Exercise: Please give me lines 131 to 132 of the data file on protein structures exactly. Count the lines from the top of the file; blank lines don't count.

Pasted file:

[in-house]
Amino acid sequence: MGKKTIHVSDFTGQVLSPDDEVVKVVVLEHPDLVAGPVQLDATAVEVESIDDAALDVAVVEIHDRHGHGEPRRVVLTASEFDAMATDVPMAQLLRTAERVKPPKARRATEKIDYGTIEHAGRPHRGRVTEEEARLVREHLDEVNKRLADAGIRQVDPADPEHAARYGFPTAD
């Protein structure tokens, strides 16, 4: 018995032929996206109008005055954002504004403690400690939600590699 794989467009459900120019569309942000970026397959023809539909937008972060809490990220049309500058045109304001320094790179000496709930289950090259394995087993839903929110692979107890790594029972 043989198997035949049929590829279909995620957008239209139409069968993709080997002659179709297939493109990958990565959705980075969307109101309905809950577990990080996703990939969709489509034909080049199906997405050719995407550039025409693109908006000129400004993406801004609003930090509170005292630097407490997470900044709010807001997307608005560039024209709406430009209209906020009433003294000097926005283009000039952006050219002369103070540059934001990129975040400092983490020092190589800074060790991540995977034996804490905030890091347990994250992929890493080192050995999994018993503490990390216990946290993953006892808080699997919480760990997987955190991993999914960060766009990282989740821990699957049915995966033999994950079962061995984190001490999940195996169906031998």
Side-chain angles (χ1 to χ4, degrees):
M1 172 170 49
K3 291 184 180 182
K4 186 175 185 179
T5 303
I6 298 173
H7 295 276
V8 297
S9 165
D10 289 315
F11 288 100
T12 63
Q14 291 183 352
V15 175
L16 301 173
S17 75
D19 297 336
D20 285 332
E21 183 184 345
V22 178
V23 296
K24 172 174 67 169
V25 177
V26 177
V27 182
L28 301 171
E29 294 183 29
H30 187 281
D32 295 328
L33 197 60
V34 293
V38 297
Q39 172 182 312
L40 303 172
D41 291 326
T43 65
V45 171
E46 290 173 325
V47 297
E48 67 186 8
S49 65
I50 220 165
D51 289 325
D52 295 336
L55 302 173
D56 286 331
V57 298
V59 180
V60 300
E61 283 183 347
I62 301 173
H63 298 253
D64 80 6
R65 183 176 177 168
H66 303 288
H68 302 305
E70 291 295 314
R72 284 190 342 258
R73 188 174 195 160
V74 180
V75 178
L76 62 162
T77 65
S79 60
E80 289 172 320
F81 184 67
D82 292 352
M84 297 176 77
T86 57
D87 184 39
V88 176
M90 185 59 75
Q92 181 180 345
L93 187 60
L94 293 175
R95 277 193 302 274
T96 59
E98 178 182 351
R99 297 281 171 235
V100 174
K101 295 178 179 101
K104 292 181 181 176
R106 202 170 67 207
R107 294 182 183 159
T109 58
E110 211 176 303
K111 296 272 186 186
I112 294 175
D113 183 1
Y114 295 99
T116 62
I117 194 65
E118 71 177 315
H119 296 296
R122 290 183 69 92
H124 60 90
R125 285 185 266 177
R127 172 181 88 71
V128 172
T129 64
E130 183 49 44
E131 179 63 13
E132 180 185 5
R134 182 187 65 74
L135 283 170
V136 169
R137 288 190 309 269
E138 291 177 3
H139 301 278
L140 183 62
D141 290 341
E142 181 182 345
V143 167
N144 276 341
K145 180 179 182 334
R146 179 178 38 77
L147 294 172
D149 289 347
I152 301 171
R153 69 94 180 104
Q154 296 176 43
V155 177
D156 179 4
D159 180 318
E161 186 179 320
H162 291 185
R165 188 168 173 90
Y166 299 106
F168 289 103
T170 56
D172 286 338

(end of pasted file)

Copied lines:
Y166 299 106
F168 289 103